The initial report came from Ken Rosenthal of Fox Sports, who wrote that Puig "stormed off after arriving at Dodger Stadium and being informed that he would either be traded or sent to the minors, according to major-league sources."
Two other reports suggest that Puig wasn't at Dodger Stadium at all, by design.
Sources: Yasiel Puig was instructed not to report to stadium or plane today and did not. Told he would be demoted to minors or traded.— Tim Brown (@TBrownYahoo) August 1, 2016
My understanding is the Dodgers informed Puig of the demotion/trade scenario before he came to ballpark for flight. A preventive measure.— Andy McCullough (@McCulloughTimes) August 1, 2016
Dodgers general manager Farhan Zaidi on a conference call refused comment on whether or not Puig was on the plane, or his health status, only saying that more would come out on Tuesday, when the Dodgers play next.
Puig's agent, Adam Katz, clarified with Rosenthal:
"I'm told he was not at the park. The club informed me and the player understood clearly that they were making every effort to trade him and that if they were unable to come to terms with another club on a trade - and successful in acquiring another outfielder - that he likely would be demoted. My understanding is that transaction will happen tomorrow."
Rosenthal late updated his story to note that Puig never stormed out of anywhere, and apologized for the mistake. Both sides took the high road later on Monday.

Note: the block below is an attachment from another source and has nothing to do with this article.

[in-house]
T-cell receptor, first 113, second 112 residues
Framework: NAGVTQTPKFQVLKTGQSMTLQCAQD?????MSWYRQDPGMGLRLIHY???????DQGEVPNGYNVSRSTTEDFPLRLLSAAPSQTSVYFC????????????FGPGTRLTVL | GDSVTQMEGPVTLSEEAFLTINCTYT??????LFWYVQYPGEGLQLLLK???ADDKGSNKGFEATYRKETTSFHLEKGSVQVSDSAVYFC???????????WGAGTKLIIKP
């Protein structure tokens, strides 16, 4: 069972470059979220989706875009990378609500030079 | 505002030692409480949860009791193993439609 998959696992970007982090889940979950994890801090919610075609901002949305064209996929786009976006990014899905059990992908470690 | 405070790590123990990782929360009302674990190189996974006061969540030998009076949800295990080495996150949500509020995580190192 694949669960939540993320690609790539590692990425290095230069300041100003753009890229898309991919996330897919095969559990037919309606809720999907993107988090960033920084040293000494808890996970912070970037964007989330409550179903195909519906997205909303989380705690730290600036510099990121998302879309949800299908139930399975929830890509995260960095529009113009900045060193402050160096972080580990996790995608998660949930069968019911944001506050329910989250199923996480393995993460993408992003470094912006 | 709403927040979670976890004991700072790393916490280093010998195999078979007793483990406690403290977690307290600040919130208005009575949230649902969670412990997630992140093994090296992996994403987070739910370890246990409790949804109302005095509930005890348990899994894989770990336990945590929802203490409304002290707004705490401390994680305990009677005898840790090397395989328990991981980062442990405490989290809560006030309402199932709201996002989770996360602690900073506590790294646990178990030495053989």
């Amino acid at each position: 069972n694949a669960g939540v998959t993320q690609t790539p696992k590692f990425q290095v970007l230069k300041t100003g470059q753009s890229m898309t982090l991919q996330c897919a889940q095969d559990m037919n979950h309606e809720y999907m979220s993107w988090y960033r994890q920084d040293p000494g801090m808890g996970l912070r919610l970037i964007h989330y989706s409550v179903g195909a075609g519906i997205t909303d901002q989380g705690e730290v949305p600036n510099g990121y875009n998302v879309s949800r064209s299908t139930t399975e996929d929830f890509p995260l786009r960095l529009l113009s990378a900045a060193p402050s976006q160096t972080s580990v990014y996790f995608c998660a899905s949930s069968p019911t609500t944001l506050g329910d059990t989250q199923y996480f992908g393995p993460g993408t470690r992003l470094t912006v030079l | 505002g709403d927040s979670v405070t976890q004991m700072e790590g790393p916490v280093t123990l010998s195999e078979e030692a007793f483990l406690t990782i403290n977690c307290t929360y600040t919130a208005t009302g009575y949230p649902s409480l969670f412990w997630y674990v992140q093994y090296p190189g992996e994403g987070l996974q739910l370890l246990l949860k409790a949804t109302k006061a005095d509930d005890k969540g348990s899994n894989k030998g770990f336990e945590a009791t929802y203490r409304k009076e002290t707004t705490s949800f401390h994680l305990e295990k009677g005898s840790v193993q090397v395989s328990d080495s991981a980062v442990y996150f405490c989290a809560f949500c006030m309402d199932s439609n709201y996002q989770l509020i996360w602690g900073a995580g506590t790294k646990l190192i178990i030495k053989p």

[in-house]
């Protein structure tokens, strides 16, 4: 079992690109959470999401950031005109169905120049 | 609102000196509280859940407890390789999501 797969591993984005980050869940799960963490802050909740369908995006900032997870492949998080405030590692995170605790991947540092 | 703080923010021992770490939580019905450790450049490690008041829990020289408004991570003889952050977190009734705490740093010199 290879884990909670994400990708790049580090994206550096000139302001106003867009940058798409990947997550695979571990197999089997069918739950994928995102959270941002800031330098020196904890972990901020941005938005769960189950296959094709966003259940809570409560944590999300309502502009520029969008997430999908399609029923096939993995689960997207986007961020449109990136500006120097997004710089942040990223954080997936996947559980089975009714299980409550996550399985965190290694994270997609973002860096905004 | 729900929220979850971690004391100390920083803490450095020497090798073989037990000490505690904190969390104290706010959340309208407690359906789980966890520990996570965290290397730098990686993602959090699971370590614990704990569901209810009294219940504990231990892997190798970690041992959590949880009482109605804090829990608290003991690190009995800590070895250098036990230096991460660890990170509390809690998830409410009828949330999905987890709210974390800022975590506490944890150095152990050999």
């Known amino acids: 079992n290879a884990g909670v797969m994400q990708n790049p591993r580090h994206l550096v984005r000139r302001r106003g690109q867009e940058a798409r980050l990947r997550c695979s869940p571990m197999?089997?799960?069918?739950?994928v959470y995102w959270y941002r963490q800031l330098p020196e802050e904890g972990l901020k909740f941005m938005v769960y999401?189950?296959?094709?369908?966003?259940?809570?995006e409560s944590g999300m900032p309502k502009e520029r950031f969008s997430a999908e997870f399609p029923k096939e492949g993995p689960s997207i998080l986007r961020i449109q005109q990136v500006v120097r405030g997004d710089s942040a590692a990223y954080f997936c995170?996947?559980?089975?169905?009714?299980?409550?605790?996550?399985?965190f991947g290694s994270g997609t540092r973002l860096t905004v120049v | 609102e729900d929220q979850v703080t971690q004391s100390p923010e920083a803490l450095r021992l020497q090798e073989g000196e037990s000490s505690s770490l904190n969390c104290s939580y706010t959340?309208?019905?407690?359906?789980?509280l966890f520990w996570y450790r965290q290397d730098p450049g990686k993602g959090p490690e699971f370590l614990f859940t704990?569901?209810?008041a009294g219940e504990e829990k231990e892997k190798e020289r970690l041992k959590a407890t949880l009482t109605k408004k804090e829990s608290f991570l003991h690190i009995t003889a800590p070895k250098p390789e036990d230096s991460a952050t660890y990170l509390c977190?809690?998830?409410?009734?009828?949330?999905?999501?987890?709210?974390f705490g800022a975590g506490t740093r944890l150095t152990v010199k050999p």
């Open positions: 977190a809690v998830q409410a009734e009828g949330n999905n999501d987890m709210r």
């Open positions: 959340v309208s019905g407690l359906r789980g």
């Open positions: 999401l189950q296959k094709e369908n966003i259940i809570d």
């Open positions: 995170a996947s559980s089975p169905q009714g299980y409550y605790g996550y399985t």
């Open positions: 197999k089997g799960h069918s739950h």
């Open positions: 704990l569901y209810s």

@YasielPuig I’m still sorry, Yasiel. Shouldn’t have happened.— Ken Rosenthal (@Ken_Rosenthal) August 2, 2016
The only time Zaidi elaborated regarding Puig was when Dylan Hernandez of the Times asked Zaidi if Puig was his friend, a reference to the #PuigYourFriend hashtag that took Twitter by storm for all of 37 minutes earlier this season.
"He's as much my friend as any player on the team," Zaidi said.
The team is changing, with three trades on Monday, including one for outfielder Josh Reddick, who did arrive at Dodger Stadium along with Rich Hill in time for the Dodgers' flight to Denver.
The laying of blame of fault here can't really be known without all the details, and that is possibly even irrelevant, but what is certain is that the Dodgers have a full-blown mess on their hands at this point.
Puig is having a down season in 2016, hitting just .260/.320/.386, though with improved defense and baserunning. Since returning from the disabled list on June 21, Puig was hitting .308/.390/.440 in 28 games. He was dealing with right hamstring tightness last week that limited him to three plate appearances and no starts in eight games, but in his return to the lineup on Sunday was 3-for-5 with two doubles, two RBI and a pair of runs scored.
Which makes Monday's reported ultimatum even more odd, at least without knowing the rest of the story. That will come in due time, but for know Puig doesn't appear to be in the Dodgers' short-term plans.
"For us, the production out of right field just hasn’t been as good as we expected," Dodgers president of baseball operations Andrew Friedman told Kelli Tenant on SportNet LA. "For us, Reddick is an impact-type player. What he does against right-handed pitching is special, and he’s a really good defender on the other side of the ball."
Puig does have an option year remaining, having used options in 2012 and 2013.
As for the long-term plans, Puig is under contract for two years and $14 million from 2017-18, and is eligible for salary arbitration in 2019 as well. In order for the Dodgers to trade him this season, Puig would have to clear waivers, or the Dodgers would have to work out a deal with the claiming team if they so choose.